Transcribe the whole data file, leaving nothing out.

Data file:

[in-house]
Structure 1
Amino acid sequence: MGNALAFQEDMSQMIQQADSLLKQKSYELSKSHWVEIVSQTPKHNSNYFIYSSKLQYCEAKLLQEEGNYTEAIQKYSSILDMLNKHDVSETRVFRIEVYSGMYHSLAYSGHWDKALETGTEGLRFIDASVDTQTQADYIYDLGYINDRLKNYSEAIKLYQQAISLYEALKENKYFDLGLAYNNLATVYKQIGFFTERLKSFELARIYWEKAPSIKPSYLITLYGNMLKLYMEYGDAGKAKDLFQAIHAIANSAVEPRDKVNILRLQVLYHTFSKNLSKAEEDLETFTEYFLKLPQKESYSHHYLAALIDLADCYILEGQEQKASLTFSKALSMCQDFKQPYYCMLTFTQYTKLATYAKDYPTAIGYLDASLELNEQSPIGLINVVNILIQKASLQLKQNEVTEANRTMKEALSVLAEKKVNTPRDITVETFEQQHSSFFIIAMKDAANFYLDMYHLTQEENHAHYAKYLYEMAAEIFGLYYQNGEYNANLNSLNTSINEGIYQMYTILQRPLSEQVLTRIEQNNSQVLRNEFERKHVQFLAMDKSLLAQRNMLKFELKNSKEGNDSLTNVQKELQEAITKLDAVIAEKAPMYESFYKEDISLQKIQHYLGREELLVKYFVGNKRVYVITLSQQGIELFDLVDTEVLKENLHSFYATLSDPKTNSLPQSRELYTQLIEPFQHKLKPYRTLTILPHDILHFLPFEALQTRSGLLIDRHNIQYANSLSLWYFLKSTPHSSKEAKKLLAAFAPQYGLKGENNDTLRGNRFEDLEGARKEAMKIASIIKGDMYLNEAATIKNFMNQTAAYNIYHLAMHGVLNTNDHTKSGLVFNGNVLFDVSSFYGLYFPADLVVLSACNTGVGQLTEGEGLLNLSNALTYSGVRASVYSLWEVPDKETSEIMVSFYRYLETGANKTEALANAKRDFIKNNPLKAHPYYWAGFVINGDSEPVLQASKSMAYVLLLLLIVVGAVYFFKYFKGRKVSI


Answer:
[in-house]
Structure 1
Amino acid sequence: MGNALAFQEDMSQMIQQADSLLKQKSYELSKSHWVEIVSQTPKHNSNYFIYSSKLQYCEAKLLQEEGNYTEAIQKYSSILDMLNKHDVSETRVFRIEVYSGMYHSLAYSGHWDKALETGTEGLRFIDASVDTQTQADYIYDLGYINDRLKNYSEAIKLYQQAISLYEALKENKYFDLGLAYNNLATVYKQIGFFTERLKSFELARIYWEKAPSIKPSYLITLYGNMLKLYMEYGDAGKAKDLFQAIHAIANSAVEPRDKVNILRLQVLYHTFSKNLSKAEEDLETFTEYFLKLPQKESYSHHYLAALIDLADCYILEGQEQKASLTFSKALSMCQDFKQPYYCMLTFTQYTKLATYAKDYPTAIGYLDASLELNEQSPIGLINVVNILIQKASLQLKQNEVTEANRTMKEALSVLAEKKVNTPRDITVETFEQQHSSFFIIAMKDAANFYLDMYHLTQEENHAHYAKYLYEMAAEIFGLYYQNGEYNANLNSLNTSINEGIYQMYTILQRPLSEQVLTRIEQNNSQVLRNEFERKHVQFLAMDKSLLAQRNMLKFELKNSKEGNDSLTNVQKELQEAITKLDAVIAEKAPMYESFYKEDISLQKIQHYLGREELLVKYFVGNKRVYVITLSQQGIELFDLVDTEVLKENLHSFYATLSDPKTNSLPQSRELYTQLIEPFQHKLKPYRTLTILPHDILHFLPFEALQTRSGLLIDRHNIQYANSLSLWYFLKSTPHSSKEAKKLLAAFAPQYGLKGENNDTLRGNRFEDLEGARKEAMKIASIIKGDMYLNEAATIKNFMNQTAAYNIYHLAMHGVLNTNDHTKSGLVFNGNVLFDVSSFYGLYFPADLVVLSACNTGVGQLTEGEGLLNLSNALTYSGVRASVYSLWEVPDKETSEIMVSFYRYLETGANKTEALANAKRDFIKNNPLKAHPYYWAGFVINGDSEPVLQASKSMAYVLLLLLIVVGAVYFFKYFKGRKVSI